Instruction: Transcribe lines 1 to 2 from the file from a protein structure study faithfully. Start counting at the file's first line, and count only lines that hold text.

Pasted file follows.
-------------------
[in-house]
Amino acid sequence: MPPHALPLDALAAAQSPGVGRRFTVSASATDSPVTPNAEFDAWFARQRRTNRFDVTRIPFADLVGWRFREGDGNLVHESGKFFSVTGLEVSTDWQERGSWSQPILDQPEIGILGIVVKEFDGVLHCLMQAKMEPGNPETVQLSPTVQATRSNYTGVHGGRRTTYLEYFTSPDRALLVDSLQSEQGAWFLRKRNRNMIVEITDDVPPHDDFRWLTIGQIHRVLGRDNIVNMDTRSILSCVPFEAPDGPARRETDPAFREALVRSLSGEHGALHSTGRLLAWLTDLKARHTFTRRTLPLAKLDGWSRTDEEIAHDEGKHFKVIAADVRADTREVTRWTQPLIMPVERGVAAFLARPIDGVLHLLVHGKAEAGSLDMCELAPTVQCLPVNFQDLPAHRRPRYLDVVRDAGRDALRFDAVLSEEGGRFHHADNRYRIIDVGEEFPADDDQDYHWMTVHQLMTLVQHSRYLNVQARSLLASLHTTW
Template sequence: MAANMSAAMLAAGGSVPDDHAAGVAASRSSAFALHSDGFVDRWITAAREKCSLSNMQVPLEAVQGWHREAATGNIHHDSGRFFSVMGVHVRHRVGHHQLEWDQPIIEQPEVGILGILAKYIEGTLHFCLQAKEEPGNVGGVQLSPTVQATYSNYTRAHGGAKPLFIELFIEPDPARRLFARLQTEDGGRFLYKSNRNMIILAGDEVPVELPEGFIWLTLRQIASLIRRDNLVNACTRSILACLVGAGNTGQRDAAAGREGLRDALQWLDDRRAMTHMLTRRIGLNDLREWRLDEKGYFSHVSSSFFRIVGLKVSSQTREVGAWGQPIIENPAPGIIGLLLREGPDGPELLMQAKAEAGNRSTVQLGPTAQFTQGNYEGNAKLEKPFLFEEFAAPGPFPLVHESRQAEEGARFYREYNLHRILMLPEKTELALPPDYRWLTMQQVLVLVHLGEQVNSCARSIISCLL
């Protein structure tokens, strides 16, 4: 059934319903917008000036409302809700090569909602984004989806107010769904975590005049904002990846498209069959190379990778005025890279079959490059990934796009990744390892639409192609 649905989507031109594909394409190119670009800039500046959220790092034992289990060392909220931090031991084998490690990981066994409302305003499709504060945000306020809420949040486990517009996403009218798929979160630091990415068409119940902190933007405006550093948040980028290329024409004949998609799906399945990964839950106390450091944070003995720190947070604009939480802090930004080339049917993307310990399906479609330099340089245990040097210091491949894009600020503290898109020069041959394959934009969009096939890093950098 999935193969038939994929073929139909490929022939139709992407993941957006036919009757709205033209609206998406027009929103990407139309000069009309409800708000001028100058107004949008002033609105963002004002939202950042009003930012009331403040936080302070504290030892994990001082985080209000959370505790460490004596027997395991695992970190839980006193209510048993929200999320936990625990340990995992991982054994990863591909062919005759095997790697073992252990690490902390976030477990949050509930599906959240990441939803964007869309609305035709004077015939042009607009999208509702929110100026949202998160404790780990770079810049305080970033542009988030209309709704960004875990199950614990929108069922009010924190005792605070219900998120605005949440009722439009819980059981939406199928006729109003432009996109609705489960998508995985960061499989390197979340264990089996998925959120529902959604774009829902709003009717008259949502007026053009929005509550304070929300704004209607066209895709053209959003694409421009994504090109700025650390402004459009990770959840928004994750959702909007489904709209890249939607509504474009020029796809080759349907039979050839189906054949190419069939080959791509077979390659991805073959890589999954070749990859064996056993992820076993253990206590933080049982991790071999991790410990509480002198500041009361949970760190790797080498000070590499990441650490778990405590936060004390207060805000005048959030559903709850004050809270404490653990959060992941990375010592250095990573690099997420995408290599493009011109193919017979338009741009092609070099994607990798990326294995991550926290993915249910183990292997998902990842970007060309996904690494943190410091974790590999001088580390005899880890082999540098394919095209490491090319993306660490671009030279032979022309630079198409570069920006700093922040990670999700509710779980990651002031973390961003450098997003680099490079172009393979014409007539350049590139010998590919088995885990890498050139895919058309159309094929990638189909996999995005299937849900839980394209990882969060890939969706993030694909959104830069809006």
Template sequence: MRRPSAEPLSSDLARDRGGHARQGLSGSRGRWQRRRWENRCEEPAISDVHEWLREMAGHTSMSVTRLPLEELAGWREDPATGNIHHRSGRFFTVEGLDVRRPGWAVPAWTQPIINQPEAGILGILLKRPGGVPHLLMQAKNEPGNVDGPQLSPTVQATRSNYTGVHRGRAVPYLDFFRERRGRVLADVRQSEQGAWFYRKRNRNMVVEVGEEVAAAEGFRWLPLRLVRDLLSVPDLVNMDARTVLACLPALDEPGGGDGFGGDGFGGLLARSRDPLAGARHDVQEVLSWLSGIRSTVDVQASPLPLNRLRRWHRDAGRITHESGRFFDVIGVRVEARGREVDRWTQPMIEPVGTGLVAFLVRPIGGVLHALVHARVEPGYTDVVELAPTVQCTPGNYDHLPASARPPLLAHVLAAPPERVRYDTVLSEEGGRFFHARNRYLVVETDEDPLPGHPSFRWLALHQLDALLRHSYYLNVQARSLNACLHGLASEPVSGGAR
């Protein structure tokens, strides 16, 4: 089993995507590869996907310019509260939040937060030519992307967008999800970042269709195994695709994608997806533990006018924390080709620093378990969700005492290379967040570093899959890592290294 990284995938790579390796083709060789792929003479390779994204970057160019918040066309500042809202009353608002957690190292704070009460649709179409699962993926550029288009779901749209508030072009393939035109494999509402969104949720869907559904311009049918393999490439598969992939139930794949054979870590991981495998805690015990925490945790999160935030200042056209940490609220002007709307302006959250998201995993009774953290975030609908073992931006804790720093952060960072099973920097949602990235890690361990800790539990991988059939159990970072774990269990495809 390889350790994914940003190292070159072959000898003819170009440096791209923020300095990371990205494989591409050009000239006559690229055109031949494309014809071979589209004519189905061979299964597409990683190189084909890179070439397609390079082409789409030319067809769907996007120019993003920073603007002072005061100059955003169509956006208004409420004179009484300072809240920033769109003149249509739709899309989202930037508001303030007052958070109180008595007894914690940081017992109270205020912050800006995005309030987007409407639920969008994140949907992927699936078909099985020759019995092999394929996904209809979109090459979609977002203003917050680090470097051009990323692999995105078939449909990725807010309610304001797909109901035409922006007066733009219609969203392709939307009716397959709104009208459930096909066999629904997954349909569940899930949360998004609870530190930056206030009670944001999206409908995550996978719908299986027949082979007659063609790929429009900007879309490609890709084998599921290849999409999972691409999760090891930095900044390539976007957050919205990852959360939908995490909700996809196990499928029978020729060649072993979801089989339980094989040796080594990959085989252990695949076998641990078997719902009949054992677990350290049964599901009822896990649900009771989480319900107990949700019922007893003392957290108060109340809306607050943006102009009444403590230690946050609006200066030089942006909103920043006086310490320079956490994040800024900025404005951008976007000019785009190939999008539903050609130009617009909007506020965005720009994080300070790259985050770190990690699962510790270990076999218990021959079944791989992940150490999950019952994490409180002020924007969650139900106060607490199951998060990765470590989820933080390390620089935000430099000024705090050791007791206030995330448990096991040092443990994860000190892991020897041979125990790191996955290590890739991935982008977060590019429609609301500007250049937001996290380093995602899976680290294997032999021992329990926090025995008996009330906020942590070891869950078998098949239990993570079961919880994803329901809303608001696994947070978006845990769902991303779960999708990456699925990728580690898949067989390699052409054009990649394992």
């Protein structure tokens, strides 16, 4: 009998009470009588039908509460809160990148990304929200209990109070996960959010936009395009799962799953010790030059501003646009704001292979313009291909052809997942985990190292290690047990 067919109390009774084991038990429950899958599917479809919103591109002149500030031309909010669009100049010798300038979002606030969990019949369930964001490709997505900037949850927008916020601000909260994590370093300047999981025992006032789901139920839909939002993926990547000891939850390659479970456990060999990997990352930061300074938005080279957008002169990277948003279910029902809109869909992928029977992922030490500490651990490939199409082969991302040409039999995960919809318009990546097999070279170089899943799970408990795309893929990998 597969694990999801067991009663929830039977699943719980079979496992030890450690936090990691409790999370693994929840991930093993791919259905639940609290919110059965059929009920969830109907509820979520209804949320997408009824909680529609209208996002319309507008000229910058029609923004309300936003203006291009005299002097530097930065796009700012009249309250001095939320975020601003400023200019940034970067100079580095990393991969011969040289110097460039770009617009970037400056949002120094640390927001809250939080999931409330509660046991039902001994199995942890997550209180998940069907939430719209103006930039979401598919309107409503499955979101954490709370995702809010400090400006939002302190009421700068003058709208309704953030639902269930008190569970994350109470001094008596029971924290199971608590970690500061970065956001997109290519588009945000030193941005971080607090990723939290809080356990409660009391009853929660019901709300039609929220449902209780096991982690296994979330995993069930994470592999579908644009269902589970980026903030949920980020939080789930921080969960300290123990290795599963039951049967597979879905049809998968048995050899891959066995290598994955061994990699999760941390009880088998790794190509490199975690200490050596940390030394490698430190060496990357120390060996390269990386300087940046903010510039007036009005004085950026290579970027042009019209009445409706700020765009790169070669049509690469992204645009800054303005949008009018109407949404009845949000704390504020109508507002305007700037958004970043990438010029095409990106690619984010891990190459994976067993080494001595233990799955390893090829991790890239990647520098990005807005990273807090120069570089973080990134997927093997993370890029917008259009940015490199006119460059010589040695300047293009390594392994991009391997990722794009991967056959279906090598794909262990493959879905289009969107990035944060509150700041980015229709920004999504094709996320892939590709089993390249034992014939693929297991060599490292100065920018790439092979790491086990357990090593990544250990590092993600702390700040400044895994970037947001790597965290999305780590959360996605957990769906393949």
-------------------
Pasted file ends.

[in-house]
Amino acid sequence: MPPHALPLDALAAAQSPGVGRRFTVSASATDSPVTPNAEFDAWFARQRRTNRFDVTRIPFADLVGWRFREGDGNLVHESGKFFSVTGLEVSTDWQERGSWSQPILDQPEIGILGIVVKEFDGVLHCLMQAKMEPGNPETVQLSPTVQATRSNYTGVHGGRRTTYLEYFTSPDRALLVDSLQSEQGAWFLRKRNRNMIVEITDDVPPHDDFRWLTIGQIHRVLGRDNIVNMDTRSILSCVPFEAPDGPARRETDPAFREALVRSLSGEHGALHSTGRLLAWLTDLKARHTFTRRTLPLAKLDGWSRTDEEIAHDEGKHFKVIAADVRADTREVTRWTQPLIMPVERGVAAFLARPIDGVLHLLVHGKAEAGSLDMCELAPTVQCLPVNFQDLPAHRRPRYLDVVRDAGRDALRFDAVLSEEGGRFHHADNRYRIIDVGEEFPADDDQDYHWMTVHQLMTLVQHSRYLNVQARSLLASLHTTW